Friday, January 14, 2011

Fiction: An Apologetic

Last weekend, my wife and I invited a friend over to share a meal, an intelligent woman who works in the financial services area and is something of a bibliophile. We got to talking about our favorite reads and recommending various titles. At one point she said, "I'm glad you both have told me about so many good novels. I'm really busy, and I default to history and biographies, because, well, you know, I waste less time that way."

Admittedly, plenty of bad novels exist, books upon which I wouldn't spend more than the minute necessary to peruse their dust jackets. But over the years I've discovered that many folks feel fiction resides on a lower plane than other types of literature, with only a few noteworthy examples worth the attention of anyone sensible. At least our friend was willing to give our suggestions a go. Others, I discovered, smile and mentally debit me a position or two in their internal standing when they learn of my novel-loving ways.

Are they right? Do we squander our hours and days when we read fiction in general and genre fiction in particular? I think not, and following are some reasons that I brainstormed:
• Life is narrative-shaped; why not explore that structure in every written form?

• Both factual and imaginary stories have been used as teaching tools throughout history.

• Imagination isn't unconnected to intelligent inquiry; in fact, the latter is often inextricably linked to the former.

• Fictional narratives almost always contain ruminations on and conclusions about universal human experience, albeit often subtly and implicitly.

• Beauty can serve as a gentle snare, the delights of a story cinching its themes around readers so softly that they often fail to realize it.

• Stories have swayed the course of empires and nations, from Virgil's Aeneid to Harriet Beecher Stowe's Uncle Tom's Cabin. (Consider how Lincoln famously said to Stowe, "So you are the little woman who wrote the book that started this great war!")

• None of us live entirely pragmatic lives, seeking food only for its nutrition, homes solely for their weather-worthiness, spouses merely for provision and reproduction. As Pascal wrote, "All men seek happiness. This is without exception. Whatever different means they employ, they all tend to this end." Fiction is as valid an outlet for enjoyment as any other.
There, dear readers, are some of the bare bones of my apologetic. What are yours? Why do you read about people who never were and places that never existed?

(Picture: CC 2010 by


B. Nagel said...

Your words. All they do is win.

Chestertonian Rambler said...

Also, we recognize in reality what we have first seen in our imaginations. Stowe let people see (rather than hear about and fail to recognize on a human level) the evils of slavery. Tolkien let us see the beauties of nature, especially twilight forests.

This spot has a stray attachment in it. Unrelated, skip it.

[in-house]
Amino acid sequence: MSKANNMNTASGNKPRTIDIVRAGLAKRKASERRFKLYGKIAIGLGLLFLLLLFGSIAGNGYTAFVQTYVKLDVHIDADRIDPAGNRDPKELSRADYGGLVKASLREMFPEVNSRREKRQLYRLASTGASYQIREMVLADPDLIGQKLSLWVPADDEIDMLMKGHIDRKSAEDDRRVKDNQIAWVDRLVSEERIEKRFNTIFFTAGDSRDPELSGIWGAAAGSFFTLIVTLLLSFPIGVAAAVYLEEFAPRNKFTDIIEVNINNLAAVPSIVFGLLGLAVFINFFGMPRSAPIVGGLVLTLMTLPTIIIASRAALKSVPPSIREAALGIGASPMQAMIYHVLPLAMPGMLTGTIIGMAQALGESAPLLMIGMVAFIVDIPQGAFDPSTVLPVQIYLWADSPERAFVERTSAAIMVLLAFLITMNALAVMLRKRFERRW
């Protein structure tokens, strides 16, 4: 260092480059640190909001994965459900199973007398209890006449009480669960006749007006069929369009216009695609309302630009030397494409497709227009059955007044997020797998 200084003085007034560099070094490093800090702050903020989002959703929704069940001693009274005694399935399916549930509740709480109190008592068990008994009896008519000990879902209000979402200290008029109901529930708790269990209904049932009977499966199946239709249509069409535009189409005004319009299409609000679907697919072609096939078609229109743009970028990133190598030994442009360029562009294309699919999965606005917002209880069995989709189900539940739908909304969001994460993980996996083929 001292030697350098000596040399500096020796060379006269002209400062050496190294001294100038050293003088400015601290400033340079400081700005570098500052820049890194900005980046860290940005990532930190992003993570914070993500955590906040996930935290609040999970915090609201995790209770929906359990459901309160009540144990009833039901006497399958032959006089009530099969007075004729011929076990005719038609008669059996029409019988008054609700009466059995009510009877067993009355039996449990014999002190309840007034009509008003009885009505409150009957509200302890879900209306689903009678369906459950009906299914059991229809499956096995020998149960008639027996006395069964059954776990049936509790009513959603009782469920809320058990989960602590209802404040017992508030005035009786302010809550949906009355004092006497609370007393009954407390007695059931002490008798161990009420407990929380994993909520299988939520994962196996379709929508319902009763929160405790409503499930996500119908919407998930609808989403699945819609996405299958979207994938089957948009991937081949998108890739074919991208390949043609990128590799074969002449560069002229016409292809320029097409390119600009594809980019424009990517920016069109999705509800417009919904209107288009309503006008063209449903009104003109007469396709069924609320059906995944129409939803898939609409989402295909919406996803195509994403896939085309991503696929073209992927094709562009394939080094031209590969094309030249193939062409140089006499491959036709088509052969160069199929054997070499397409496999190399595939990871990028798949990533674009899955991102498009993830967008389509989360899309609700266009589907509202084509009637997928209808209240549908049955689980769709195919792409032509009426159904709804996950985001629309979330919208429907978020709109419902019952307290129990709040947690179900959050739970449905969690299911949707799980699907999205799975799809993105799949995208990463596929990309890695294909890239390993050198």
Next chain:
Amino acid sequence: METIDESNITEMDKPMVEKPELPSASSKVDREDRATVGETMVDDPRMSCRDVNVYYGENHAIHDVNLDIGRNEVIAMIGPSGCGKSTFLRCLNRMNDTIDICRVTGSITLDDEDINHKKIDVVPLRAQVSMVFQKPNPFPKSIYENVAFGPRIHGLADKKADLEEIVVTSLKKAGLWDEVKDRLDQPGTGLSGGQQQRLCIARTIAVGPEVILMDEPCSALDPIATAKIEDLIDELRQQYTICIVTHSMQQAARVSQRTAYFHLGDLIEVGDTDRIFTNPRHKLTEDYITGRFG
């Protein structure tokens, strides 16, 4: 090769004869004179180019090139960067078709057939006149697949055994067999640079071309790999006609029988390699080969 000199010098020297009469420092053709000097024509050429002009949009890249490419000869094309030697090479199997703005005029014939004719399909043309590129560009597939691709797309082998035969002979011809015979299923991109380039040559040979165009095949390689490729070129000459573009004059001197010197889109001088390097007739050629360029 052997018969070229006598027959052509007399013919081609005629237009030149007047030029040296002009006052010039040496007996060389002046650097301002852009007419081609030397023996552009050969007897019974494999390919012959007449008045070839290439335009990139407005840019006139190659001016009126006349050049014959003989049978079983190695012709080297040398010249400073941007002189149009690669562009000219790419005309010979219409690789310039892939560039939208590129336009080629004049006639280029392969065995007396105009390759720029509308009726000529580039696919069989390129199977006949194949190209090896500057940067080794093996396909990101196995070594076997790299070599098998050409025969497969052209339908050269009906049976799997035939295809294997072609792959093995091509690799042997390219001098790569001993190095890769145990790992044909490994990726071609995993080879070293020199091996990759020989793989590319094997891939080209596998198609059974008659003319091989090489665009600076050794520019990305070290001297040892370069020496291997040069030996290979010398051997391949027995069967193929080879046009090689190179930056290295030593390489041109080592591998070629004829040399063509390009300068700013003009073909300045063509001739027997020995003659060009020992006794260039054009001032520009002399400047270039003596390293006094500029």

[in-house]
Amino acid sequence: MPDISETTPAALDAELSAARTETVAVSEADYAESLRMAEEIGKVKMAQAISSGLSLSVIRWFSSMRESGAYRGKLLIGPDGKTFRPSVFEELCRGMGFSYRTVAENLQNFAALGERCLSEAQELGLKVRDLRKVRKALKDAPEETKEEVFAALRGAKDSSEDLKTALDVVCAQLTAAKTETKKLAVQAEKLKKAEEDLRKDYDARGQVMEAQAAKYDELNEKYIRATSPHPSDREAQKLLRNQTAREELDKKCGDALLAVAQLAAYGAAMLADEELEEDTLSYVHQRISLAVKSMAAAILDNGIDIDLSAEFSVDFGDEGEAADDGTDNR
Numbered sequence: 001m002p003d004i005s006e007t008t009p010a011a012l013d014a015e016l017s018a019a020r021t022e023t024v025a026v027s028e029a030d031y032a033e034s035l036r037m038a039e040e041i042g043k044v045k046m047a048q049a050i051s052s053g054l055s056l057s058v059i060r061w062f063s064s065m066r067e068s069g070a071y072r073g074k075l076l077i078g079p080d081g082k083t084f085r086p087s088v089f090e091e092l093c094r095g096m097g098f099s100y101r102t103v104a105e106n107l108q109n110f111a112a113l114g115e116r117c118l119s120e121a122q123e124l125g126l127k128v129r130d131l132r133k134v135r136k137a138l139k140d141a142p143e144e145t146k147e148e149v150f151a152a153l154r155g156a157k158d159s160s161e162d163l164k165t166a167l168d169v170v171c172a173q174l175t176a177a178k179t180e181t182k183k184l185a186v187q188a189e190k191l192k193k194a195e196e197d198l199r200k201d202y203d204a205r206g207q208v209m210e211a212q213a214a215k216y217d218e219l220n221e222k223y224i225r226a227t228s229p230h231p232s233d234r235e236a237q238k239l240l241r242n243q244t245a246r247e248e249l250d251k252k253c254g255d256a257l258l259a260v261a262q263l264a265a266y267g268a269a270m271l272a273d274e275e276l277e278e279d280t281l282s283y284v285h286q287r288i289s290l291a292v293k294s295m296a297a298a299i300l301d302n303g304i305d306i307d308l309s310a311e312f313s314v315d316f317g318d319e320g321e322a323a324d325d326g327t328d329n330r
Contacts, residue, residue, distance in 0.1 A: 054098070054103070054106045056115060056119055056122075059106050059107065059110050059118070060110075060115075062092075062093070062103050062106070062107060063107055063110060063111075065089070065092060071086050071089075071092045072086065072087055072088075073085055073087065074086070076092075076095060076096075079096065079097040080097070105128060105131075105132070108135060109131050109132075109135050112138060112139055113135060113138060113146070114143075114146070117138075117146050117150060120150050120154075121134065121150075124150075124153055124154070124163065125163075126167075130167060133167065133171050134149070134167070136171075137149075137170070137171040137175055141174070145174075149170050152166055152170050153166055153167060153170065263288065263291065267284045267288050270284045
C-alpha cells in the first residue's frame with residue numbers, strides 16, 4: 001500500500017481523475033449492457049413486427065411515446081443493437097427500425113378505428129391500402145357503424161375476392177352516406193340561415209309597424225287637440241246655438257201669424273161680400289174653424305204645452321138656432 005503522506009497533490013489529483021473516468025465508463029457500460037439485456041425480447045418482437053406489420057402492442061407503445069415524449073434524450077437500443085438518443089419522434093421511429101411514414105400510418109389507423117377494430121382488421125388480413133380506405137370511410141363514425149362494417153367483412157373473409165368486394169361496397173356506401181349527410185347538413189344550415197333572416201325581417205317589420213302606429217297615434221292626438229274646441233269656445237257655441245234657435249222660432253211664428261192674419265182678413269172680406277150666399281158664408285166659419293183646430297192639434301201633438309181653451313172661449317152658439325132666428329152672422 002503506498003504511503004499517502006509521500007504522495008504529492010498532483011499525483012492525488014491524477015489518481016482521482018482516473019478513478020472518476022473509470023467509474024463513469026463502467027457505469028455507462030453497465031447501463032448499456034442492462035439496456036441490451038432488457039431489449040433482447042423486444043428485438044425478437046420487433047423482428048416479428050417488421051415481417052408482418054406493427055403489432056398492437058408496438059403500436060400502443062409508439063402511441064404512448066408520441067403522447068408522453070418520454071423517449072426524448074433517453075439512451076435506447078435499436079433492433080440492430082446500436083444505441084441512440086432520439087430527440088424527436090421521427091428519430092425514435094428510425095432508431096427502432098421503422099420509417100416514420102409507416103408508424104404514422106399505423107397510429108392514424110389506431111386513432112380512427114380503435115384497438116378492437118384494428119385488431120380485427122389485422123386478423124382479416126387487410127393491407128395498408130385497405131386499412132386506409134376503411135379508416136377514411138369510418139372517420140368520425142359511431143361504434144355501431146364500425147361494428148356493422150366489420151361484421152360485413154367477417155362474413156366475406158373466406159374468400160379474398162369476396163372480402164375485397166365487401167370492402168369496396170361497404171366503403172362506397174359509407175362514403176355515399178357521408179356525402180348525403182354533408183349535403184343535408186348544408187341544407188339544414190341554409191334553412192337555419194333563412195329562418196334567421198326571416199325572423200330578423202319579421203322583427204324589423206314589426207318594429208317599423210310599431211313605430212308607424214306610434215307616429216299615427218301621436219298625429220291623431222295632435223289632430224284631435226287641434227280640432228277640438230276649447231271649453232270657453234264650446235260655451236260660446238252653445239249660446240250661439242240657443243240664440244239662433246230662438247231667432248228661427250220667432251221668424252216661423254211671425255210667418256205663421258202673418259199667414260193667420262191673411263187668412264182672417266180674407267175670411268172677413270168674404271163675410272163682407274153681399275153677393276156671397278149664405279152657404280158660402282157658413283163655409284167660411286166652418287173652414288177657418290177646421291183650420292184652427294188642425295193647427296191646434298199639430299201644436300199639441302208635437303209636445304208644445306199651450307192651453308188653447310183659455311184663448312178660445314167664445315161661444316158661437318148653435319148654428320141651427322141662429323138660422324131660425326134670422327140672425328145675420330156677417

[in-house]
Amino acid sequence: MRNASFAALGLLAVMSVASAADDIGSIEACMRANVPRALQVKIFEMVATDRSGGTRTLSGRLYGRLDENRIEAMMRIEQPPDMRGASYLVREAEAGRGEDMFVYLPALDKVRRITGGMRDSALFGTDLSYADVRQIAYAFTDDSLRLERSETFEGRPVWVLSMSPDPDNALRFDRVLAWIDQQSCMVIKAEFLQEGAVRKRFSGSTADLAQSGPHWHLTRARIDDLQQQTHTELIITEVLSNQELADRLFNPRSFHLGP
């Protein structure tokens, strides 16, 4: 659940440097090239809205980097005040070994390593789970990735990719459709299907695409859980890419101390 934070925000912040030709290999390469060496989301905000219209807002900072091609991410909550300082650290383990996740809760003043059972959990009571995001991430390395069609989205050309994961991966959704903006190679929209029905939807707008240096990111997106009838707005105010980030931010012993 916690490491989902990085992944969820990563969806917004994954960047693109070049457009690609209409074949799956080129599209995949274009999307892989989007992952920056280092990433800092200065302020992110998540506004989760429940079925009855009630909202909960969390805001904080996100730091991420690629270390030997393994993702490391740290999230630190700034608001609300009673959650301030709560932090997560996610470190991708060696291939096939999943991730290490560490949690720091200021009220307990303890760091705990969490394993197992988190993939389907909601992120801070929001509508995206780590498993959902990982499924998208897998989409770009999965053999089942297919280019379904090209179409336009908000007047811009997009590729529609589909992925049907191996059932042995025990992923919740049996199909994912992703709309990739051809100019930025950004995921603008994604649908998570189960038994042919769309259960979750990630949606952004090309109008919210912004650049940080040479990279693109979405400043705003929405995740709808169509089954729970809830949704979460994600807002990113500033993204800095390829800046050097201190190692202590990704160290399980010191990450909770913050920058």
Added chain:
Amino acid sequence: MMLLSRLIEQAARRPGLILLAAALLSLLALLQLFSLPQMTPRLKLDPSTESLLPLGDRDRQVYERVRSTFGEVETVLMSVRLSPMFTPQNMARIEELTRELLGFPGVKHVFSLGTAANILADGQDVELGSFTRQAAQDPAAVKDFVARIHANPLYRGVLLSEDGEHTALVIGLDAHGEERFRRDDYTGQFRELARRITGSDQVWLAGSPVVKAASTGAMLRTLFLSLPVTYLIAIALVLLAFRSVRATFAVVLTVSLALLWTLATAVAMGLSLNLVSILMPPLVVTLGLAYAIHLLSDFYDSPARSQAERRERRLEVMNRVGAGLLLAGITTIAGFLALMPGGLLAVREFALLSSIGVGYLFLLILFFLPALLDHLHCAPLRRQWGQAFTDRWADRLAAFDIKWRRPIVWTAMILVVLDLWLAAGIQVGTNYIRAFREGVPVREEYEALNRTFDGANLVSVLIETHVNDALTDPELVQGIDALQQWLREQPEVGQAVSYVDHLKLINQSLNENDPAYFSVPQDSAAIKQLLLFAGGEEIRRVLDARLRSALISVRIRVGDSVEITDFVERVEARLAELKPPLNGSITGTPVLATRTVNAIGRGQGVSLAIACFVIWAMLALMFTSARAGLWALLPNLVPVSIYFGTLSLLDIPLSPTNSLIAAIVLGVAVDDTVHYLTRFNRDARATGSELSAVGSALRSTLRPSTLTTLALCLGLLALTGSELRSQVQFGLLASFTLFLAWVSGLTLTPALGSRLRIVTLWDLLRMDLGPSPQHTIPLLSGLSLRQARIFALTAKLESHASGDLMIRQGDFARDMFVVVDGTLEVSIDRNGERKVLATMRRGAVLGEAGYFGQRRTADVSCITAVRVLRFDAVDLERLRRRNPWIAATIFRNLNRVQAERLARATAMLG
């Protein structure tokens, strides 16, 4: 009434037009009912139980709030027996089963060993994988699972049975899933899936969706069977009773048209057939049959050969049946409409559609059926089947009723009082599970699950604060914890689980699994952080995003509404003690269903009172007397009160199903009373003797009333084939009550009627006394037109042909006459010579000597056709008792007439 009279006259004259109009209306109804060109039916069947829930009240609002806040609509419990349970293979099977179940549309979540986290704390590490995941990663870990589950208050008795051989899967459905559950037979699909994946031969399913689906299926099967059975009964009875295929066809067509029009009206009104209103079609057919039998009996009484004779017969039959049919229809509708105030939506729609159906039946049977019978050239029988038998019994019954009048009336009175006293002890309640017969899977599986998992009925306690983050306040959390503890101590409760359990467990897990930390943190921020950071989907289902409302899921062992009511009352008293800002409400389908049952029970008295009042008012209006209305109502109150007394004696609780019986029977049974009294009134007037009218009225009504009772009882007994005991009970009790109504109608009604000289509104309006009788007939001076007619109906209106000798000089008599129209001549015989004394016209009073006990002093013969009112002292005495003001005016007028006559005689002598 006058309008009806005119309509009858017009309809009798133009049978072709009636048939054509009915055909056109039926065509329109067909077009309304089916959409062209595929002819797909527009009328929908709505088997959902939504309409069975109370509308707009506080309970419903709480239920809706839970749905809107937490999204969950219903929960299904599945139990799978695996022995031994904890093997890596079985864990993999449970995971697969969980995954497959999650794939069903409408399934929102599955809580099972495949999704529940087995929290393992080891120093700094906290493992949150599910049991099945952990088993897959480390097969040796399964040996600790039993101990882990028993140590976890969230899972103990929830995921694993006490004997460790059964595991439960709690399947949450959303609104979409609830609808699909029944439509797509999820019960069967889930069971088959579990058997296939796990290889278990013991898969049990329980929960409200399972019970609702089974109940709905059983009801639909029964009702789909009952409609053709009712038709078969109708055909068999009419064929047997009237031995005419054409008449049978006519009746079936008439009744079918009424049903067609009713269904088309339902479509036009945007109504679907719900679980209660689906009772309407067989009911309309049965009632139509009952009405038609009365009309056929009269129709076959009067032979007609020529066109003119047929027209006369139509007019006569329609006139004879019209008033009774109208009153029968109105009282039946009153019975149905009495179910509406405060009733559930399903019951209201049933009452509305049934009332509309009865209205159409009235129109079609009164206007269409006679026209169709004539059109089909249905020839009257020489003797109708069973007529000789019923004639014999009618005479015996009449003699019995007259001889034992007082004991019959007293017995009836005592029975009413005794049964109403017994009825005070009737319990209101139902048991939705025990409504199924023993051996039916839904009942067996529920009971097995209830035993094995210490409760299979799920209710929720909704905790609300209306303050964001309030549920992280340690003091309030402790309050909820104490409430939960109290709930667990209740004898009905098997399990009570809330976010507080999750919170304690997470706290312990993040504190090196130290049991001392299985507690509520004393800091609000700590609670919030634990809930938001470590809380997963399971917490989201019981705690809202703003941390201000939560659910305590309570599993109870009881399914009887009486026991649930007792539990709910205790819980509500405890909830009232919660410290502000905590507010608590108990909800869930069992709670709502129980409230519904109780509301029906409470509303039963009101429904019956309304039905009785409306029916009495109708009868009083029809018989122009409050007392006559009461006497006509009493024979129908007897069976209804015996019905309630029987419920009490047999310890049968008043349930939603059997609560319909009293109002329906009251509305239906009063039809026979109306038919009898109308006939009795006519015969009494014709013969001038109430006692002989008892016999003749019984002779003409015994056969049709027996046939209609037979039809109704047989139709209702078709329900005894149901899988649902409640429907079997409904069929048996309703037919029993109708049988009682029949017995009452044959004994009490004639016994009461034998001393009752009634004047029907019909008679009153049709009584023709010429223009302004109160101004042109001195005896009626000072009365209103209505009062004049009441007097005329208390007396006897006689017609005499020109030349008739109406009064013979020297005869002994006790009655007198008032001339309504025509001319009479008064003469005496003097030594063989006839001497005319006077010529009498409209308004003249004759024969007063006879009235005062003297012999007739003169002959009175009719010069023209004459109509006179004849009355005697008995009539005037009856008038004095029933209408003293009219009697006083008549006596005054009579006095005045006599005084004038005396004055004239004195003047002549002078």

Relatedly, fiction can allow us to think philosophically about what could--or should--be. Tolkien insisted on the fictionality of The Lord of the Rings when he said that in an allegory of World War II, Hobbits would not survive even as slaves. His point isn't that his narrative is escapist, but that it's political arguments go beyond the battle-lines of his age's politics and cast a vision for a future that (in theory) one can aspire towards. Without such imagination, how could one object to one's age's mentality? We might all be tempted to think that we live in the Best of All Possible Worlds unless, like Candide (the beautiful creation of the horrible Voltaire), we set out to apply the rules of romance to real life.

Finally, Oscar Wilde says something that I disagree with somewhat but must repeat. Reality, he says, is a meaningless confluence of events. Lies, he says, provide a beautiful sense of order and delight. So what rational man would ever prefer the former over the latter?

Loren Eaton said...


As usual, thou art too kind, sir.

Loren Eaton said...


Ah, the show and don't tell rationale! That's a good one. Actually, one persuation theory shows that people who are only given part of an answer (or are shown part of it) and then figure out the rest for themselves are more likely to not change their minds later on. I'm adding that one to my roster of reasons.

Chestertonian Rambler said...

I love cognitive scientists, and I love fiction's ability to reinforce memory, but I think there's something more than "show but don't tell." The phrase implies that something can be told, albeit less vividly and effective.

Poets claim, often, that they see things that can't be told, at all, more clearly than in the words they use. They might say (for instance) that there is a difference between saying that a woman's a whore, and describing what it means to make one's money through one's body as a last desperate means of survival after years of poor decisions and unthinking romance. The latter doesn't just remind you of the bare facts more memorably (though it does that)--it creates a new experience that allows you to, when you encounter certain actual people in news reports and legislation, see aspects of the world you never would have seen before.

Such defenses of literature say that we're always making up these stories, all the time, in order to shine light into dark places (or cover them over), but that those who write fiction can do it more self-consciously and vividly, and without betraying confidence, because they talk about fictional characters. It is the fiction-makers, then, that give us the words to talk (and think) about situations, which we later recognize more "rationally."